“You have to run a campaign with offices, field plans, with direct mail, with television,” Schwartz said, “and these other candidates just haven’t done that. They haven’t passed the credibility test.”

Larry Agran sinks into the folds of an aging couch in the breezeway of the white Cape Cod home near Portsmouth that serves as his campaign headquarters. The back yard ends at the banks of the icy Piscatagua River. On the other side of the water sits the abandoned hulk of the Portsmouth Naval Prison. It is a long way from California.

Agran concedes that the chances that he will become the next President of the United States are remote. But he says he feels an obligation to raise the central issue that he believes is being overlooked by mainstream Democrats: the desperate need to turn the nation’s priorities around.

“Our country is in a state of absolute crisis at this point,” he says, his folded hands and quiet tone belying the message. “Our democracy is coming apart.”

Supporters say Agran’s understated fervor for liberal causes grew out of his days at UC Berkeley, from which he was graduated in 1966. Agran says he was an avid supporter of the Free Speech Movement that was born there in 1964. He served in the U.S. Army Reserves from 1962 until 1970. He says he signed on in peacetime, before he had heard of a Southeast Asian country called Vietnam. If the reserves had been called up, Agran says, it would have been his duty to go, despite his opposition to the war.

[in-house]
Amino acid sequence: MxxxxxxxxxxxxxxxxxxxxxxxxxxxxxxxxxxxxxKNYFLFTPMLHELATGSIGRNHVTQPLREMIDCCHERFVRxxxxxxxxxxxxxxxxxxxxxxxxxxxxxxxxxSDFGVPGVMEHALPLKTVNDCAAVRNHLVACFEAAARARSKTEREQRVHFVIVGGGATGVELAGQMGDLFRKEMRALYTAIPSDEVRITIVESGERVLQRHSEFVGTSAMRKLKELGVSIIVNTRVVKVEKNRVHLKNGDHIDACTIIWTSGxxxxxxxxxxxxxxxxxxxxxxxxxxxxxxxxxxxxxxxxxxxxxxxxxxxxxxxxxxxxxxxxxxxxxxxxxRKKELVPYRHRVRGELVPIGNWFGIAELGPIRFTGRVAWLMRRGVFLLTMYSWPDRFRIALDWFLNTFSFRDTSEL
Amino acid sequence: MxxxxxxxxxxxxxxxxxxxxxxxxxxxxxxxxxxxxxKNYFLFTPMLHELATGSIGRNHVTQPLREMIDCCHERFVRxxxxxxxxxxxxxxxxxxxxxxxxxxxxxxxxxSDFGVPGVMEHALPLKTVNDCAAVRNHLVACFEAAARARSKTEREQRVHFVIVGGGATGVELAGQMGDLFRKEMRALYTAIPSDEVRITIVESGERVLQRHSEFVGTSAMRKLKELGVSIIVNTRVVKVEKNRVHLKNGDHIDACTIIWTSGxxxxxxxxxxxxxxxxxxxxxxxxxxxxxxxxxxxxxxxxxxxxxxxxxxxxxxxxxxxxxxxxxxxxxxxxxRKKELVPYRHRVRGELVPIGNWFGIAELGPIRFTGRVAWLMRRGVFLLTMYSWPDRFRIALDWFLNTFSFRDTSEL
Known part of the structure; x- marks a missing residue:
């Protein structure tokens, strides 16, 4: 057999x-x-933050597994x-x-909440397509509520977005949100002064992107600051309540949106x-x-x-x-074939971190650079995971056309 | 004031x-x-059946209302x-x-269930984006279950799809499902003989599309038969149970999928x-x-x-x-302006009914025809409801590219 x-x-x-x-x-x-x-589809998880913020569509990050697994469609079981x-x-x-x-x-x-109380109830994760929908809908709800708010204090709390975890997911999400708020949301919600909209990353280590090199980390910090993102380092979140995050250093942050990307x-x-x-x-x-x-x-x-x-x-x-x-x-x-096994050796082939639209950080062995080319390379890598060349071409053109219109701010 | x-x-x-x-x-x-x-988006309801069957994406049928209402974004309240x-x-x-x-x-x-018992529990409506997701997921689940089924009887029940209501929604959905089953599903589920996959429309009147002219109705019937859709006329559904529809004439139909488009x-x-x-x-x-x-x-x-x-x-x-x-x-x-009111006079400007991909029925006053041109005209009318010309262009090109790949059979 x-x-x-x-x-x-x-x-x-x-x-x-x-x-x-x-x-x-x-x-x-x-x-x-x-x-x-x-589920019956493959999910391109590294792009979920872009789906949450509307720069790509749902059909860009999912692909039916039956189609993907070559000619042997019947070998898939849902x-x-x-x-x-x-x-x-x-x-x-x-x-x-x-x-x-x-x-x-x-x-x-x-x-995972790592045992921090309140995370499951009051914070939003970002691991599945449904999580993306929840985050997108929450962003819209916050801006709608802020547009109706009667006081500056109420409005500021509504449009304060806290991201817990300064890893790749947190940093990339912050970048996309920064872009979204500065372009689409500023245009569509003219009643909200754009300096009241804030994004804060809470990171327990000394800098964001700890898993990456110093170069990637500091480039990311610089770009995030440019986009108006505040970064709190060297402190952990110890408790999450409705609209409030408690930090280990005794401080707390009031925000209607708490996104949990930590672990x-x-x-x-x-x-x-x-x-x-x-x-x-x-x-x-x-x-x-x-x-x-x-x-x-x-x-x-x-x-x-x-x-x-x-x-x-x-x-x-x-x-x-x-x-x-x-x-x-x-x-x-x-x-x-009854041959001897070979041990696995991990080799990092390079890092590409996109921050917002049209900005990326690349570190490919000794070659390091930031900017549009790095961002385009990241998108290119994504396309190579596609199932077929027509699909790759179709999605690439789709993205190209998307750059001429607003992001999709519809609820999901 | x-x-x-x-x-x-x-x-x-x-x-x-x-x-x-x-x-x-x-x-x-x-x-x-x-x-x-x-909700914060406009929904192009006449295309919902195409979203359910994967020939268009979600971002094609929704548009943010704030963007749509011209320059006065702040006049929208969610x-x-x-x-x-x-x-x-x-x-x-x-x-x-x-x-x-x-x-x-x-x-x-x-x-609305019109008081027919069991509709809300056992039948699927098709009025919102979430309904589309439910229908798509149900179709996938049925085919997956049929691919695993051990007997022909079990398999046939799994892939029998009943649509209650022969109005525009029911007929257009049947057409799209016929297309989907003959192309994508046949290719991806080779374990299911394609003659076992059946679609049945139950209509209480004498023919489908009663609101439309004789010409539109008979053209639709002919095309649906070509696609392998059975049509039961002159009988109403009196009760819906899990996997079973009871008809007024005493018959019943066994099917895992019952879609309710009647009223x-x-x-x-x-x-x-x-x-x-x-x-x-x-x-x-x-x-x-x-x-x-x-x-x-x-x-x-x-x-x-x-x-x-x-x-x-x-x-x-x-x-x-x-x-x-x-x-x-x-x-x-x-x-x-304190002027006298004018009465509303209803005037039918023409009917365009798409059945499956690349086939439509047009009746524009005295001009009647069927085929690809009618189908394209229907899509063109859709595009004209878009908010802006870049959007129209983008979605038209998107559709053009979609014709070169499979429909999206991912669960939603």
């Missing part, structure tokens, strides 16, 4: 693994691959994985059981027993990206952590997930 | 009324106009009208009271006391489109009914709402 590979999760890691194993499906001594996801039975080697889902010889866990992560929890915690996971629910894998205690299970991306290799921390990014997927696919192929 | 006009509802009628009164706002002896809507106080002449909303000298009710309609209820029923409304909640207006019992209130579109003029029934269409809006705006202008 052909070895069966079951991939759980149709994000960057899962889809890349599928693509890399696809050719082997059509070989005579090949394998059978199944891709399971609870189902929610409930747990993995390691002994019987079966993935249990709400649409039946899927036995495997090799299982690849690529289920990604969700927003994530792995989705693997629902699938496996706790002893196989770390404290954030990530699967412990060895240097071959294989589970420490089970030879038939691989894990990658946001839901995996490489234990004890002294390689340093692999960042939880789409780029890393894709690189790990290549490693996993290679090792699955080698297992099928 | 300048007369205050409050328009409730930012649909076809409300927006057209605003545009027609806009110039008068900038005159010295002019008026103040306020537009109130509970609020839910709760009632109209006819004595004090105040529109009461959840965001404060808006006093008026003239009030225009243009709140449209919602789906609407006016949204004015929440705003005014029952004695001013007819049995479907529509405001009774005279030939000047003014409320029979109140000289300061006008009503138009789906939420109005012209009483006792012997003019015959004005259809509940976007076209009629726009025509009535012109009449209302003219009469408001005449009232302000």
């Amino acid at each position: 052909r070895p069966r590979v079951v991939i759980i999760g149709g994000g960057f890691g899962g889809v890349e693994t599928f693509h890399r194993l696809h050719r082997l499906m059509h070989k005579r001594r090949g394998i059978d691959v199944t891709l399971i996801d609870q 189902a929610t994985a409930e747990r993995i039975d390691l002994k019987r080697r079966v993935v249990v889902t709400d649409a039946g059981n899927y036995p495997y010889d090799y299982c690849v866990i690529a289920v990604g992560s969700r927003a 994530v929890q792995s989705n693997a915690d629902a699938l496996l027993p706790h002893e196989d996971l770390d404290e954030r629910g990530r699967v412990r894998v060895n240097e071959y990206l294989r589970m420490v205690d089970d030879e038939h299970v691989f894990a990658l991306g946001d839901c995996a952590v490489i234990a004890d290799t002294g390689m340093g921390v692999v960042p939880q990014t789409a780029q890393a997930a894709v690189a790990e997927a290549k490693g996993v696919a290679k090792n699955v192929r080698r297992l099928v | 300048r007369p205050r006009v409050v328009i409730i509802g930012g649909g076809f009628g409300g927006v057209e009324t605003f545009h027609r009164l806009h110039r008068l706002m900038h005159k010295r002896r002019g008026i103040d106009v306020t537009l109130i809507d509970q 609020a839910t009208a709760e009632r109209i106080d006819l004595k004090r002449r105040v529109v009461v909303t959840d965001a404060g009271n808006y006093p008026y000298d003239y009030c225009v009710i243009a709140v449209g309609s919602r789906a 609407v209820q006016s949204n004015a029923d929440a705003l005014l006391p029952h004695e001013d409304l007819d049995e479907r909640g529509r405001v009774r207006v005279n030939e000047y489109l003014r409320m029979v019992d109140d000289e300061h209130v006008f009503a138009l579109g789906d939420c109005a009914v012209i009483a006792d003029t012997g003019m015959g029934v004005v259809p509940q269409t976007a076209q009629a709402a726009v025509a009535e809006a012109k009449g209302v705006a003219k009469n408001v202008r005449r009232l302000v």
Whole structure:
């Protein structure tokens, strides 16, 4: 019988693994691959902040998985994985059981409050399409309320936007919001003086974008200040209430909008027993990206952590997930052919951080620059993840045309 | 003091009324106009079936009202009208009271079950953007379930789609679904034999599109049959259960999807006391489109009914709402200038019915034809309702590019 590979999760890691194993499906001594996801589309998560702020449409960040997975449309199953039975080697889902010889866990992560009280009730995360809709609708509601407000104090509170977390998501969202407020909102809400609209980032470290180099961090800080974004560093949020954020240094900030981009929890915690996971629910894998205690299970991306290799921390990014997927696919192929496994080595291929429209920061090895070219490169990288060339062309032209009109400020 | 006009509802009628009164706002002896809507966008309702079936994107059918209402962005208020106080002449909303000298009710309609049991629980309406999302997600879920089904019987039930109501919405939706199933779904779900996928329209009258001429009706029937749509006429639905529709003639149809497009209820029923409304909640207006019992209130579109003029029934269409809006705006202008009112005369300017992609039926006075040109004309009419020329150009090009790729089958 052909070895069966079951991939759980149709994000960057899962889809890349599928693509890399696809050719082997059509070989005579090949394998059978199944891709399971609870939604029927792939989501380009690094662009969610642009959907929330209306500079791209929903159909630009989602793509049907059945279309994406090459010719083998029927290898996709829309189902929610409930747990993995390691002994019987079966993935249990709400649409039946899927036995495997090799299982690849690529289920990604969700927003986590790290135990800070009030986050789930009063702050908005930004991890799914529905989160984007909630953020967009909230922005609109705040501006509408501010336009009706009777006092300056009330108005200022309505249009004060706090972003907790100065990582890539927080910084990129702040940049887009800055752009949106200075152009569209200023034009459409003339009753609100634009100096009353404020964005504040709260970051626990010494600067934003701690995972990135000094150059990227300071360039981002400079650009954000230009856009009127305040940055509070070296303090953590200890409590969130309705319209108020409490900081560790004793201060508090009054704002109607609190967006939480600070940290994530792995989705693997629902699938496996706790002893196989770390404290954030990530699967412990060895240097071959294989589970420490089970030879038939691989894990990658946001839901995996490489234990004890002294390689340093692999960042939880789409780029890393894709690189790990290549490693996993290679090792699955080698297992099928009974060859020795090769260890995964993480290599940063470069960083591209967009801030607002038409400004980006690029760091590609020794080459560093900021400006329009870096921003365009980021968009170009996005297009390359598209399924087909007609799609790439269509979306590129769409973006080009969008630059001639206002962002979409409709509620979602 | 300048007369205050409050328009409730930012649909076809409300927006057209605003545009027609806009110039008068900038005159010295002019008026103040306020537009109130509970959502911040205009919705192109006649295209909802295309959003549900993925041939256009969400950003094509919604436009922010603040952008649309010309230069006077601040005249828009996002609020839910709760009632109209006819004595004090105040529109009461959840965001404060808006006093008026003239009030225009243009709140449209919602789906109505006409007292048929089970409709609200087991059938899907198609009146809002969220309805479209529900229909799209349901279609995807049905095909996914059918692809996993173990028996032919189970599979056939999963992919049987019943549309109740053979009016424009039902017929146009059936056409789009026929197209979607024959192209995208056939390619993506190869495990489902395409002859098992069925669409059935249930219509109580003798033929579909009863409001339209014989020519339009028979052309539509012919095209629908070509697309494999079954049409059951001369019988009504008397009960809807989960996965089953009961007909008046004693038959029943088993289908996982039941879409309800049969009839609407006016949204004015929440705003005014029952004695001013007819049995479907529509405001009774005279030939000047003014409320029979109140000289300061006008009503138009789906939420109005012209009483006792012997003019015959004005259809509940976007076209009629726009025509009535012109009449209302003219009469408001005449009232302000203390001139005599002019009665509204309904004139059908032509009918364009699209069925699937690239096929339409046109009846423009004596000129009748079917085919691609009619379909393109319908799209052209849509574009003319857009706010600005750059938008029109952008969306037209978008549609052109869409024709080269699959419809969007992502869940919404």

After earning a law degree at Harvard in 1969, Agran returned to California to serve as legal counsel to the state Senate Committee on Health and Welfare. Agran was a member of the Irvine City Council from 1978 until 1990, and served as the city’s first mayor to be elected directly by the people for the last six of those years. He lost a reelection bid largely on the basis of his support for a gay rights ordinance that was under attack during the campaign.


He and his wife, Phyllis, a pediatrician, have a 21-year-old son, Ken, who is a senior at Dartmouth, in Hanover, N.H. Ken Agran is also working on the campaign.

During his controversial tenure as mayor of Irvine, Agran pushed through tough environmental ordinances, established a city office of international affairs, and championed a host of liberal causes. This experience has well equipped him to tackle the presidency, he argues.

But others suggest that the Agran presidential campaign really is an attempt to get the attention of the Democrat who ultimately will win the party’s nomination--and perhaps the White House--in the hope of landing a high-level job in the next Democratic Administration.